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The new junior doctor's roadmap: a reflection

Think about it. One moment, you're lying on a beach, enjoying the most glorious and successful summer of your life. Cocktail in hand, you don't have a care in the world. The next, you're curled up under a broken desk in some forgotten corner of a tumbled-down district general hospital, with a bleep shrieking at you and the thumping in your head shrieking even louder. What drug am I supposed to give Mabel in bay 3? What is the half life of diazepam? When is the next flight back to the beach? This is a transition that all junior doctors have to make - from apparent bliss one moment to responsibility the next. How do they cope? Laura Jones reflects on how she managed...

By the end of my final year of medical school I was sure I was ready to be a doctor. I had read all the books, taken what seemed like a million histories and my examinations were so streamlined they resembled a kind of awkwardly beautiful dance. I had spent weeks on the wards, what seemed like years in the library, living and breathing medicine. Best of all, I loved it! Results day came, I passed and celebrated, I graduated, I celebrated and then I celebrated some more. I was excited!

The first day of work came and I could feel it in my bones: I knew I was ready.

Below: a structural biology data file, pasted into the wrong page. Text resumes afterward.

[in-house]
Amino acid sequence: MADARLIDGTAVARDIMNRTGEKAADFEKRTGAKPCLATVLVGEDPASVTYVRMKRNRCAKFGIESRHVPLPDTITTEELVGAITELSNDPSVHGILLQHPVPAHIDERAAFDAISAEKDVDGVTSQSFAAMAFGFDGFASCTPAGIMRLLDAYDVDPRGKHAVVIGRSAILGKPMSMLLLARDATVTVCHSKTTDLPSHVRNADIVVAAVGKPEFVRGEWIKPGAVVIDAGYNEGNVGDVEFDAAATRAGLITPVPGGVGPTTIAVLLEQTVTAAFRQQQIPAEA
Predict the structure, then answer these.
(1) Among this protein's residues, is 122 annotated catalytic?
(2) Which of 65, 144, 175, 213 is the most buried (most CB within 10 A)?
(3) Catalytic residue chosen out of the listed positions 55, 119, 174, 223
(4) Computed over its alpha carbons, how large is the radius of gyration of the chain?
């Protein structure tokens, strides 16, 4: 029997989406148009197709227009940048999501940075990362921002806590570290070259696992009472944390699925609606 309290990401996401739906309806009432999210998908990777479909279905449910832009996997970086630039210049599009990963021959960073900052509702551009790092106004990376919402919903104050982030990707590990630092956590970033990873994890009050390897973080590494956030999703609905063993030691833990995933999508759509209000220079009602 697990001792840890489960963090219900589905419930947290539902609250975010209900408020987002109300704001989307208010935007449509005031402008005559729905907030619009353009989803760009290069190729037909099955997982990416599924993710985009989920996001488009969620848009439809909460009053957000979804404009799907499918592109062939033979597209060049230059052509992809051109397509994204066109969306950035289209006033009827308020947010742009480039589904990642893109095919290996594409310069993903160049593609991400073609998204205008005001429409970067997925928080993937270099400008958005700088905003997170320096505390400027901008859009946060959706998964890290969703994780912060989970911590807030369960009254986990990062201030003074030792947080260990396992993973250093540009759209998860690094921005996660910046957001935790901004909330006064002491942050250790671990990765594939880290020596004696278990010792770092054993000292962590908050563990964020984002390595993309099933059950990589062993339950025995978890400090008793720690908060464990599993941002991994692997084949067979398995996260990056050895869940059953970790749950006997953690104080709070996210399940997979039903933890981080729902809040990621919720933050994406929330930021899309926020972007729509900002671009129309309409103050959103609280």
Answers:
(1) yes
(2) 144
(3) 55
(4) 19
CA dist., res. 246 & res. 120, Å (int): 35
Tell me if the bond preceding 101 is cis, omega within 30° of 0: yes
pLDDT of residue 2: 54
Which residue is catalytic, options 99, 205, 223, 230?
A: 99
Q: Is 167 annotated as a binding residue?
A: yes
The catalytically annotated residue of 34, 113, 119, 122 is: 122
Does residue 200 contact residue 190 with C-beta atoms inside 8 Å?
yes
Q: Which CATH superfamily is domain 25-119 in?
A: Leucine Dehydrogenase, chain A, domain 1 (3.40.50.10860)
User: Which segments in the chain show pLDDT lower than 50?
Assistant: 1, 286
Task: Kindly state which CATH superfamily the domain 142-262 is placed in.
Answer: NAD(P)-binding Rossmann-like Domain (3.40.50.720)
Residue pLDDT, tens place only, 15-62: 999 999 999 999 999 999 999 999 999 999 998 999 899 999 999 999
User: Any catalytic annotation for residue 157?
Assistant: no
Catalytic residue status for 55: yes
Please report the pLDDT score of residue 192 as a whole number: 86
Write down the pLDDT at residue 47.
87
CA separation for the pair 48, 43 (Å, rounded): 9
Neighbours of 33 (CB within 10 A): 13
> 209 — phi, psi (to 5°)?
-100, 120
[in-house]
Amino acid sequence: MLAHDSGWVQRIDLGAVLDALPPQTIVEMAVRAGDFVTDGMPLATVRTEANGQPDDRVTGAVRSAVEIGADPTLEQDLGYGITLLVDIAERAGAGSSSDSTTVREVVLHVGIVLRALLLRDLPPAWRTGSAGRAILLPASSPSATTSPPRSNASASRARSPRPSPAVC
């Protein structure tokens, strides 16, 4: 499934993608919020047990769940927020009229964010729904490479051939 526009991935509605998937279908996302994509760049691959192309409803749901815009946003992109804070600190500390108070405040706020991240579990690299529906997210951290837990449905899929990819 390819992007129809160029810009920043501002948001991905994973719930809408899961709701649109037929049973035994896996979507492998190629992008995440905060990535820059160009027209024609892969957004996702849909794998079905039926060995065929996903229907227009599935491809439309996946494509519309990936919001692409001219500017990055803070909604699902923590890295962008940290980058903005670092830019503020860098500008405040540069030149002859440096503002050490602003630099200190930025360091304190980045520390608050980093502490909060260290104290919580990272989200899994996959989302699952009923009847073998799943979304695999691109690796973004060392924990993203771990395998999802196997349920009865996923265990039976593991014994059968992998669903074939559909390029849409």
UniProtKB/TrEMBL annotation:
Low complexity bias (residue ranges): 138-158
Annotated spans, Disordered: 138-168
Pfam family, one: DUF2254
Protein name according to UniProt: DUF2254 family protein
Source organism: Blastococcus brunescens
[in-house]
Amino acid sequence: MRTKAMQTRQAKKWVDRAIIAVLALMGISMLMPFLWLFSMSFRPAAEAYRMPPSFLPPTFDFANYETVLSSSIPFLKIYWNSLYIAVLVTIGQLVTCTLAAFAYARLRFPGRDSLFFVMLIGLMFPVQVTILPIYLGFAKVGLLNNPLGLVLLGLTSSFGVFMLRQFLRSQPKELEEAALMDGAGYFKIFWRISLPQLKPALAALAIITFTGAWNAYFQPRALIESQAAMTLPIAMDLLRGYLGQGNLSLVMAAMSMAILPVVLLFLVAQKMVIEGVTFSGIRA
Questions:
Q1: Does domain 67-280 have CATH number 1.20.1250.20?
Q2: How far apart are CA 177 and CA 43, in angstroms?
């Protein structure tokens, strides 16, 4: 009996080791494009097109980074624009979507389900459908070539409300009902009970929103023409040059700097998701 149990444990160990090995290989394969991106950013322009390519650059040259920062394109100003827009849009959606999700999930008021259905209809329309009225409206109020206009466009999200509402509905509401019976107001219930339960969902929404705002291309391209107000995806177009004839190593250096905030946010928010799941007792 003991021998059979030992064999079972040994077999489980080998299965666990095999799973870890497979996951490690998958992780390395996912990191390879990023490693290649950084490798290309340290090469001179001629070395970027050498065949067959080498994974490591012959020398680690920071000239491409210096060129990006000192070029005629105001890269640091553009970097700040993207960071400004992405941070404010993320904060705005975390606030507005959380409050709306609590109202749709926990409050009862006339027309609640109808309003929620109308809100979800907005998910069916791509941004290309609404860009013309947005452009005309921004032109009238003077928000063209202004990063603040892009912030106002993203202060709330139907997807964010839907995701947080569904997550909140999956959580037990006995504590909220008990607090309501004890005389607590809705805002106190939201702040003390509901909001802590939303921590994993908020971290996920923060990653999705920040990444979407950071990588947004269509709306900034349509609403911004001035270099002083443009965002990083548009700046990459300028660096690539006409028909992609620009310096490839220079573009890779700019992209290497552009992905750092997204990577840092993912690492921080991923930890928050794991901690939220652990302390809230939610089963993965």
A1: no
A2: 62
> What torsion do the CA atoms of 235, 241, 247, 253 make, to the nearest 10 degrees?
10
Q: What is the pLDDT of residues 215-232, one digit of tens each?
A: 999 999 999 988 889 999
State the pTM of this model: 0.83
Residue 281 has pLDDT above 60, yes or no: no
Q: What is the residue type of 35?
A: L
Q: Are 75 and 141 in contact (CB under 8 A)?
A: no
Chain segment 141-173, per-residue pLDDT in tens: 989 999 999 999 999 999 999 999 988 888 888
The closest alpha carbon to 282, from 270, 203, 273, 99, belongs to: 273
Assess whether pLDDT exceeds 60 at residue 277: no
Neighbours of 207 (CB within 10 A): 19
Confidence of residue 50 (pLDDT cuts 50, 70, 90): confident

By day 2 I knew my bones had lied to me. I was not ready. I had no idea how to look after 15 patients, all at once. Being a 'good medical student' had not prepared me for the reality of being a junior doctor. As I student I had learned tackle one problem at a time, one patient at a time.

Yes, as a student I had spent days on the wards, but this was always just popping in for an hour and then off to teaching, or a revision group. I was always given the patient with a good history, not the delirious lady who can't tell you where they are, never mind why they are there. Most importantly, as a student I had never taken responsibility for a patient or had to make decisions about their care. I never got to know my patients, chatted to them, found out about their lives, or really met their families. Now I can stand in the middle of a bay and rotate like a spinning top, telling you about every patient’s living circumstances, name their 8 grandchildren and their neighbour’s dog. As long as I’ve had my coffee that morning, that is.

So, let’s zip back to day 2.  I was lost. I had been on wards before, but something was different this time. I had responsibility: I was a doctor with patients, my own patients. As I got to know my patients and their personalities, I found it interesting researching their conditions, working out the management plans for them. I wanted to do the best I could for them. To figure this out, I needed to know them: what they enjoyed, what were their problems, what made them happy and what made them sad.

The biggest lesson I have ever learned has been when I have put the books down and been given a little responsibility, given the chance to care and make a difference.

So, a few months in, and everything seems a little less chaotic now. I’ve found my way out of the confusing maze I was in, and I feel like a better doctor for it. It was an important journey and one I’m glad I made. If you’re a medical student and you’re reading this: remember that it’s ok to feel lost – it’s all part of how you grow.

So, you new final years better watch out! Soon, you’ll be working hard, looking after your own patients, making decisions, getting to know the team and having some responsibility. If you get lost, don’t worry: I’ll be looking over your shoulder of course! Now what was Doris’ neighbour’s dog called…


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